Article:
Sarah Kahn (San Diego) is the Director of the Counseling and Social Change program at San Diego State University (SDSU) and teaches at SDSU at both the undergraduate and graduate level. She is a licensed marriage and family therapist and has been learning and practicing from a narrative perspective since 2003. Sarah’s research focuses on narrative approaches to pedagogy, the clinical supervision process and mentorship. Her teaching addresses the areas of culture, power and difference, the social construction of identity and applied clinical training. She is interested in the many bridges that can be constructed between narrative, power, pedagogy, and community practice. In addition, Sarah maintains an active therapy practice, supervises and co-leads a community based narrative consultation group for both licensed and unlicensed therapists. She is also a member of Narrative Initiatives San Diego, a community-based therapy practice and training center located in San Diego, California.

Randy Nelson

Randy Nelson, MA, LMHC likes words and people. Fifteen years ago, he fortuitously stumbled upon Narrative Therapy in the Master of Arts in Mental Health Counseling program at Seattle University. He has been an active member of the Seattle Narrative Group, a Narrative Therapy consultation and training collective. He is immensely grateful for the generosity of wisdom and care of Marcy Rivas and others in the Seattle Narrative community. For the last thirteen years, Randy has worked as an adult case manager/counselor in the community mental health setting of Harborview Mental Health Services in Seattle. He has conducted trainings on Narrative Therapy for the UW Medicine Department of Psychiatry and other community organizations. In the consulting room and in life, Randy endeavors to position himself at the clunky and elusive intersection of skepticism, lightheartedness, and solidarity.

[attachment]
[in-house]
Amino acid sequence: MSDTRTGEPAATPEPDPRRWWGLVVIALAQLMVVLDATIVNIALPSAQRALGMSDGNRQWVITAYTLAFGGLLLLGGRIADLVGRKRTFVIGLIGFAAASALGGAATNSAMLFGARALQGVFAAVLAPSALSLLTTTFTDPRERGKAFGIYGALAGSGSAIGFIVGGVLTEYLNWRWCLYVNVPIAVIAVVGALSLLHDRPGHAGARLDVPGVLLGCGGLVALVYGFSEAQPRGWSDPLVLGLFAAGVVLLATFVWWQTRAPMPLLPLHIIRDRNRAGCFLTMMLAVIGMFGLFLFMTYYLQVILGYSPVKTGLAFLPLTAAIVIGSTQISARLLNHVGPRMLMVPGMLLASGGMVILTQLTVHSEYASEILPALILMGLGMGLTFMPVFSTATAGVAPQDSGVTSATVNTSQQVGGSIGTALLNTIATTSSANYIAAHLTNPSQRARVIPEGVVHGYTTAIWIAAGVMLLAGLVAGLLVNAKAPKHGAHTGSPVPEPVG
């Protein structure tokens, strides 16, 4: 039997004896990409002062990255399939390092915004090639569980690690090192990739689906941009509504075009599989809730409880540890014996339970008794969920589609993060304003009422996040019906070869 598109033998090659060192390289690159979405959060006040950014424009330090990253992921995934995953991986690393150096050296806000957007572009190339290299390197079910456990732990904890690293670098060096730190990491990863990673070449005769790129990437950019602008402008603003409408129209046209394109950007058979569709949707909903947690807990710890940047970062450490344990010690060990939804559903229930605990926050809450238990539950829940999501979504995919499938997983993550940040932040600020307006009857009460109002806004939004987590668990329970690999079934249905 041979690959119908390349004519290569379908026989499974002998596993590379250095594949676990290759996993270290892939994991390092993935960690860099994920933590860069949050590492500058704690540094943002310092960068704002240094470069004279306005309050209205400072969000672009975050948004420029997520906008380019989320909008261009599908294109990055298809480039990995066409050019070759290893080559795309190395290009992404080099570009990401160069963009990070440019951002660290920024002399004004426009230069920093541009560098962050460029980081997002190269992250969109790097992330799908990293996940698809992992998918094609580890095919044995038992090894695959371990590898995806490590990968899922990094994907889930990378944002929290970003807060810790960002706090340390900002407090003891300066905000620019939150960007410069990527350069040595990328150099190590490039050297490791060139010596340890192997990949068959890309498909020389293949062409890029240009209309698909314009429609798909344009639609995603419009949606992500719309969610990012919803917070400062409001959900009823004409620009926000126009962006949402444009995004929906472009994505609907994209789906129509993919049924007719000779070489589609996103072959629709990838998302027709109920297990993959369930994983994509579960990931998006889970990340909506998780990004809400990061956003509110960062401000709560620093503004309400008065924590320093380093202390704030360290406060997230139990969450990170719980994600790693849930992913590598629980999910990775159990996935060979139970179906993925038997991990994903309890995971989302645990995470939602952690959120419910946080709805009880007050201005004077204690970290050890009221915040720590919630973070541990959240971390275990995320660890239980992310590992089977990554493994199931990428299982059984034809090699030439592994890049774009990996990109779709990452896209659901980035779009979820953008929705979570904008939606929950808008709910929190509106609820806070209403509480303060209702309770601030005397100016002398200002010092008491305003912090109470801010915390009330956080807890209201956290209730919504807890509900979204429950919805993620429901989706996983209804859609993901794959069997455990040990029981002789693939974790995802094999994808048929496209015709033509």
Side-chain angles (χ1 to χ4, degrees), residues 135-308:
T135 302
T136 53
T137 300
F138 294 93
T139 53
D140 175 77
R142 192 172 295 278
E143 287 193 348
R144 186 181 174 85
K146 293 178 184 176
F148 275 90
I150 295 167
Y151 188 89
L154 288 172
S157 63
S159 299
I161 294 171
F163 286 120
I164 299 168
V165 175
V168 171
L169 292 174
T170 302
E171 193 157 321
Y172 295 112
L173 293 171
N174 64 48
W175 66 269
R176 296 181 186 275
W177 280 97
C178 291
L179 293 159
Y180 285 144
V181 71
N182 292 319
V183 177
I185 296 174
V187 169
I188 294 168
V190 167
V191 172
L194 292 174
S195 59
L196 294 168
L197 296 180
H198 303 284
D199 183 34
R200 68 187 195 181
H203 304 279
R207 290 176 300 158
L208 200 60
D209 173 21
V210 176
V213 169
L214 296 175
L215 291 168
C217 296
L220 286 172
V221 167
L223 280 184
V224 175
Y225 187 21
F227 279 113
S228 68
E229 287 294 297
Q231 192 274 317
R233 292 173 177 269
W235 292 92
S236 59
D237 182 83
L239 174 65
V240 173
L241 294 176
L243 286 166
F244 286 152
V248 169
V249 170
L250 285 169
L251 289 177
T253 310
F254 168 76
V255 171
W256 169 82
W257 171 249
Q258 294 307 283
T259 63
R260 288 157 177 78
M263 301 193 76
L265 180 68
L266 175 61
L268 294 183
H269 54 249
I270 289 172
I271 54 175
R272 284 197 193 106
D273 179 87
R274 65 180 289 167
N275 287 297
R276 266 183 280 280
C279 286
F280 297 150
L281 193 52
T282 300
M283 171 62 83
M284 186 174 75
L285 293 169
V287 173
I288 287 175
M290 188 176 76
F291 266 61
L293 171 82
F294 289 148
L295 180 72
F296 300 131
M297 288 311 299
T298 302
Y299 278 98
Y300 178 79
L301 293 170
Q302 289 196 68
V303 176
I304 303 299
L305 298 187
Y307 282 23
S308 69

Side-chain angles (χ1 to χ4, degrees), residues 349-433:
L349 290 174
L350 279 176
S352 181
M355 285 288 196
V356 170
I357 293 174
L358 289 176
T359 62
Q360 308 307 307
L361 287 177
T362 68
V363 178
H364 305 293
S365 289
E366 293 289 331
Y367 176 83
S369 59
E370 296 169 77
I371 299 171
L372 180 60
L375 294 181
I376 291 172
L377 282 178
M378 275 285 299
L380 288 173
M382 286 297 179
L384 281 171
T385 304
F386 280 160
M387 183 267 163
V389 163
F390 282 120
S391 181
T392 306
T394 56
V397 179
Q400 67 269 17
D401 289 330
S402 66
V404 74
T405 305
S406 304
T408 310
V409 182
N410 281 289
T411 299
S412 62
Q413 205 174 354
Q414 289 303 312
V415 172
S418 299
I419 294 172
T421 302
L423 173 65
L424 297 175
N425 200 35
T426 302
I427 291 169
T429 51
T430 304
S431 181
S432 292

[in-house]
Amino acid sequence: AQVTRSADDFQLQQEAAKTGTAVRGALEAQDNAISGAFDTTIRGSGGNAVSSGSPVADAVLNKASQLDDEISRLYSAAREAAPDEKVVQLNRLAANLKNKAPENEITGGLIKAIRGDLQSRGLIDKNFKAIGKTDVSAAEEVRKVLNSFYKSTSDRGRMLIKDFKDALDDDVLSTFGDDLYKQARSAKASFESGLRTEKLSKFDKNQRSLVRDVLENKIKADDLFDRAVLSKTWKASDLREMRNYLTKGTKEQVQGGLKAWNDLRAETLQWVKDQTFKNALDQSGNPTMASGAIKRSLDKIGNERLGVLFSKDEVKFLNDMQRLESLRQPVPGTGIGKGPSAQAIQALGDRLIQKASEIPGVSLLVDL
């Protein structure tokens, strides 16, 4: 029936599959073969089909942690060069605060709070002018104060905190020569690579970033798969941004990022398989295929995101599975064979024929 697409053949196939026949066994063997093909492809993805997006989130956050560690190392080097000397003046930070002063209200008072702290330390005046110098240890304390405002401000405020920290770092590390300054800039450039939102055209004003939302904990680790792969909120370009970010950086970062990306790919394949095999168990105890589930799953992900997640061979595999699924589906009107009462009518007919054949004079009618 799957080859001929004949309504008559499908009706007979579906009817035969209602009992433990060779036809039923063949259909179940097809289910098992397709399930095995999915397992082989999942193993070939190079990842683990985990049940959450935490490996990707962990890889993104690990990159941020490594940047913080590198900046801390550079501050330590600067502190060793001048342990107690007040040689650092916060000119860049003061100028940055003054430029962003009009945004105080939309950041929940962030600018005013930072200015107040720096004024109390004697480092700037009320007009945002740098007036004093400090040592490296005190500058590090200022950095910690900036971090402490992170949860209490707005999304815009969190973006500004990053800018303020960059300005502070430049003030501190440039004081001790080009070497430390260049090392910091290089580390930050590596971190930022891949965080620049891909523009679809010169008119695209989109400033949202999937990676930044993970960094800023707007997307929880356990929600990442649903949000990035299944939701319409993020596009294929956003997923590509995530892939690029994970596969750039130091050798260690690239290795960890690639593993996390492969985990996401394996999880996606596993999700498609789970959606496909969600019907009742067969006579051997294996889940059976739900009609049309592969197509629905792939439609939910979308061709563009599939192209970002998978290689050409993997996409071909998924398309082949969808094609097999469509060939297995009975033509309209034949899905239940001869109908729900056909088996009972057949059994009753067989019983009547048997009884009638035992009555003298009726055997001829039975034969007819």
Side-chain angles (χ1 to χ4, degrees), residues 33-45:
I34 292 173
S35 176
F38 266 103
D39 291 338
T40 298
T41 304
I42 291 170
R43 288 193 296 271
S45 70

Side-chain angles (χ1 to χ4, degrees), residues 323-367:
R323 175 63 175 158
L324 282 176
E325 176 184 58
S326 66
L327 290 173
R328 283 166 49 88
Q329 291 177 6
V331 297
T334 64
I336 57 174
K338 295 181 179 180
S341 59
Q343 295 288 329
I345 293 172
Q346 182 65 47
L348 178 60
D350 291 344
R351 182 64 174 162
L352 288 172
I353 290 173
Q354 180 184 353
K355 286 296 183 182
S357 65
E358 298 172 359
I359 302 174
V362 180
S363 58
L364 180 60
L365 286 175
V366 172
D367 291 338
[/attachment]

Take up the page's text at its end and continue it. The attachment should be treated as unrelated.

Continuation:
Beth Prullage

Beth Prullage (she/her) is a Licensed Independent Clinical Social Worker from Easthampton, MA. She is an Adjunct Professor at the Smith College School for Social Work, where she has taught narrative therapy since 2007. She currently works at the Counseling Center at the University of Massachusetts Amherst, where she is a supervisor in the training program, and also is the Co-Coordinator of the Groups Program.

Juan Carlos García Rivera

Juan Carlos (Choco) was born and raised in El Salvador, where he obtained a Bachelor’s in Science with a major in Psychology at Universidad Centroamericana José Simeón Cañas (UCA). After his undergraduate studies, he worked in a church community clinic and in private practice, providing low-cost mental health services. In 2013, he was awarded a scholarship to attend San Diego State University’s Masters in Marriage and Family Therapy program with an emphasis on narrative therapy. After completing his Master, Juan Carlos worked for a year as a bilingual case manager with the homeless population in San Francisco, California, supporting primarily undocumented, Spanish-speaking immigrants.

Akansha Vaswani-Bye

Akansha Bye-Vaswani Ph.D., was introduced to narrative practices in Mumbai when she began working at Ummeed Child Development Center in Mumbai in 2010. Here she was also introduced to principles of family-centered care, early intervention, and community-based advocacy. Her interest in systemic change took her to San Diego State University where her studies in marriage and family therapy strengthened her commitment to developing clinical practice through the lens of de-colonizing, feminist, and postmodern practice. Her doctoral work at UMass Boston, focused on drivers of institutional corruption in psychiatry and solutions for reform, particularly the practice of deprescribing and rational prescribing grounded in informed consent. She is currently an Acting Assistant Professor in the Department of Psychiatry and Behavioral Sciences at the University of Washington School of Medicine where she works on the implementation of family-to-family support programs for families of persons managing psychosis.

Learning Objectives

This workshop will enable registrants to:

  1. Evaluate dominant ideas in writing, teaching, and supervision
  2. Discuss alternate approaches to writing, teaching, and supervision based on the narrative metaphor. 
  3. Begin utilizing at least two non-dominant approaches to writing, teaching, and supervision.

To Prepare

In preparation, we will choose three resources to review for this gathering.

Resource List

Please help us build a resource list relevant to this topic by adding comments below or contacting us with your favorite articles, books, videos, and podcasts.